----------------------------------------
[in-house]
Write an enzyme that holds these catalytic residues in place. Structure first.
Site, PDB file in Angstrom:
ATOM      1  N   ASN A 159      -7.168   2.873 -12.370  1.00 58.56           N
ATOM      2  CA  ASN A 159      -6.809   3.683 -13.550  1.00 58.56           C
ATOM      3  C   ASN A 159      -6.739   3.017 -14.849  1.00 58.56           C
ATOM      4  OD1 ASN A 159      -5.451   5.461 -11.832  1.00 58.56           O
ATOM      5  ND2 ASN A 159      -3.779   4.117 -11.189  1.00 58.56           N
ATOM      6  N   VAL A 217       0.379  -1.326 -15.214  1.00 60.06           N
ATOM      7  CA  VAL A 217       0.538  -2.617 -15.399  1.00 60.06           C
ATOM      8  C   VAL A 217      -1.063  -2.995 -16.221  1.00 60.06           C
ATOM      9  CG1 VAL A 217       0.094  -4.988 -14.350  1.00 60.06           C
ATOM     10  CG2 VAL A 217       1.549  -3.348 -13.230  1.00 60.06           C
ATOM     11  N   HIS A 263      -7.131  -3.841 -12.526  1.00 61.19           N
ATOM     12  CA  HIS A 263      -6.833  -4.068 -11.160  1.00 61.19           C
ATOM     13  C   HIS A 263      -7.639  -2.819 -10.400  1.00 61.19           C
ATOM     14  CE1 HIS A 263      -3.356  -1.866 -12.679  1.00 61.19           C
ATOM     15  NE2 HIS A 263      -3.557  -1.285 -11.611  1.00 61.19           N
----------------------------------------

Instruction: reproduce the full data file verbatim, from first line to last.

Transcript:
[in-house]
Write an enzyme that holds these catalytic residues in place. Structure first.
Site, PDB file in Angstrom:
ATOM      1  N   ASN A 159      -7.168   2.873 -12.370  1.00 58.56           N
ATOM      2  CA  ASN A 159      -6.809   3.683 -13.550  1.00 58.56           C
ATOM      3  C   ASN A 159      -6.739   3.017 -14.849  1.00 58.56           C
ATOM      4  OD1 ASN A 159      -5.451   5.461 -11.832  1.00 58.56           O
ATOM      5  ND2 ASN A 159      -3.779   4.117 -11.189  1.00 58.56           N
ATOM      6  N   VAL A 217       0.379  -1.326 -15.214  1.00 60.06           N
ATOM      7  CA  VAL A 217       0.538  -2.617 -15.399  1.00 60.06           C
ATOM      8  C   VAL A 217      -1.063  -2.995 -16.221  1.00 60.06           C
ATOM      9  CG1 VAL A 217       0.094  -4.988 -14.350  1.00 60.06           C
ATOM     10  CG2 VAL A 217       1.549  -3.348 -13.230  1.00 60.06           C
ATOM     11  N   HIS A 263      -7.131  -3.841 -12.526  1.00 61.19           N
ATOM     12  CA  HIS A 263      -6.833  -4.068 -11.160  1.00 61.19           C
ATOM     13  C   HIS A 263      -7.639  -2.819 -10.400  1.00 61.19           C
ATOM     14  CE1 HIS A 263      -3.356  -1.866 -12.679  1.00 61.19           C
ATOM     15  NE2 HIS A 263      -3.557  -1.285 -11.611  1.00 61.19           N